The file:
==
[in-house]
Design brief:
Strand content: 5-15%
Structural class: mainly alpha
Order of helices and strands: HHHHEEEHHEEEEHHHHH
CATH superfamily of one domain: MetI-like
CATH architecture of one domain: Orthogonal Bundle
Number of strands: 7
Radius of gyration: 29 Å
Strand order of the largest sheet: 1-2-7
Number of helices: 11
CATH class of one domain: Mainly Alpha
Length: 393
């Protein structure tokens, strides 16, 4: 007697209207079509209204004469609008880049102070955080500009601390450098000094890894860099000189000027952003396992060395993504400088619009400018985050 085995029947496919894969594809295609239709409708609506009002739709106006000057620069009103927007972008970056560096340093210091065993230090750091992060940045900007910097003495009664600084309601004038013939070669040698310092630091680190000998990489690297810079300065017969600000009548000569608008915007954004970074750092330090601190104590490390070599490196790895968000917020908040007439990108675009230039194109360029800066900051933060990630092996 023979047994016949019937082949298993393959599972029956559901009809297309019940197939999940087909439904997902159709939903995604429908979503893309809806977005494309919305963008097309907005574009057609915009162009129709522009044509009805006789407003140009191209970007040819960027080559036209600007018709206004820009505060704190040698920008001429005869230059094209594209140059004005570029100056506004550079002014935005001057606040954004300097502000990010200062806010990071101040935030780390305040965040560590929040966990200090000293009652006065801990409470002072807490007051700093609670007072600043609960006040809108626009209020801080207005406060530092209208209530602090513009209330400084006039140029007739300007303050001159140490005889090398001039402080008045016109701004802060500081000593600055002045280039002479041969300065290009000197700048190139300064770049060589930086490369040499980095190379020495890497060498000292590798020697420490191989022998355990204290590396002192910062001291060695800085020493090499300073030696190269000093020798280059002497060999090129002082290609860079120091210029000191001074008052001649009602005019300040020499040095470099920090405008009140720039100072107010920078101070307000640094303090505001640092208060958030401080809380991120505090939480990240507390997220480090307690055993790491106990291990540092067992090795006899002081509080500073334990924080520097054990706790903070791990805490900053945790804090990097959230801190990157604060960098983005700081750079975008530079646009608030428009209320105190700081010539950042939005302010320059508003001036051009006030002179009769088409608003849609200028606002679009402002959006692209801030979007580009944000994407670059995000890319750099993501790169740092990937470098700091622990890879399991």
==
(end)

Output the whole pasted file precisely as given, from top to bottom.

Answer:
[in-house]
Design brief:
Strand content: 5-15%
Structural class: mainly alpha
Order of helices and strands: HHHHEEEHHEEEEHHHHH
CATH superfamily of one domain: MetI-like
CATH architecture of one domain: Orthogonal Bundle
Number of strands: 7
Radius of gyration: 29 Å
Strand order of the largest sheet: 1-2-7
Number of helices: 11
CATH class of one domain: Mainly Alpha
Length: 393
């Protein structure tokens, strides 16, 4: 007697209207079509209204004469609008880049102070955080500009601390450098000094890894860099000189000027952003396992060395993504400088619009400018985050 085995029947496919894969594809295609239709409708609506009002739709106006000057620069009103927007972008970056560096340093210091065993230090750091992060940045900007910097003495009664600084309601004038013939070669040698310092630091680190000998990489690297810079300065017969600000009548000569608008915007954004970074750092330090601190104590490390070599490196790895968000917020908040007439990108675009230039194109360029800066900051933060990630092996 023979047994016949019937082949298993393959599972029956559901009809297309019940197939999940087909439904997902159709939903995604429908979503893309809806977005494309919305963008097309907005574009057609915009162009129709522009044509009805006789407003140009191209970007040819960027080559036209600007018709206004820009505060704190040698920008001429005869230059094209594209140059004005570029100056506004550079002014935005001057606040954004300097502000990010200062806010990071101040935030780390305040965040560590929040966990200090000293009652006065801990409470002072807490007051700093609670007072600043609960006040809108626009209020801080207005406060530092209208209530602090513009209330400084006039140029007739300007303050001159140490005889090398001039402080008045016109701004802060500081000593600055002045280039002479041969300065290009000197700048190139300064770049060589930086490369040499980095190379020495890497060498000292590798020697420490191989022998355990204290590396002192910062001291060695800085020493090499300073030696190269000093020798280059002497060999090129002082290609860079120091210029000191001074008052001649009602005019300040020499040095470099920090405008009140720039100072107010920078101070307000640094303090505001640092208060958030401080809380991120505090939480990240507390997220480090307690055993790491106990291990540092067992090795006899002081509080500073334990924080520097054990706790903070791990805490900053945790804090990097959230801190990157604060960098983005700081750079975008530079646009608030428009209320105190700081010539950042939005302010320059508003001036051009006030002179009769088409608003849609200028606002679009402002959006692209801030979007580009944000994407670059995000890319750099993501790169740092990937470098700091622990890879399991």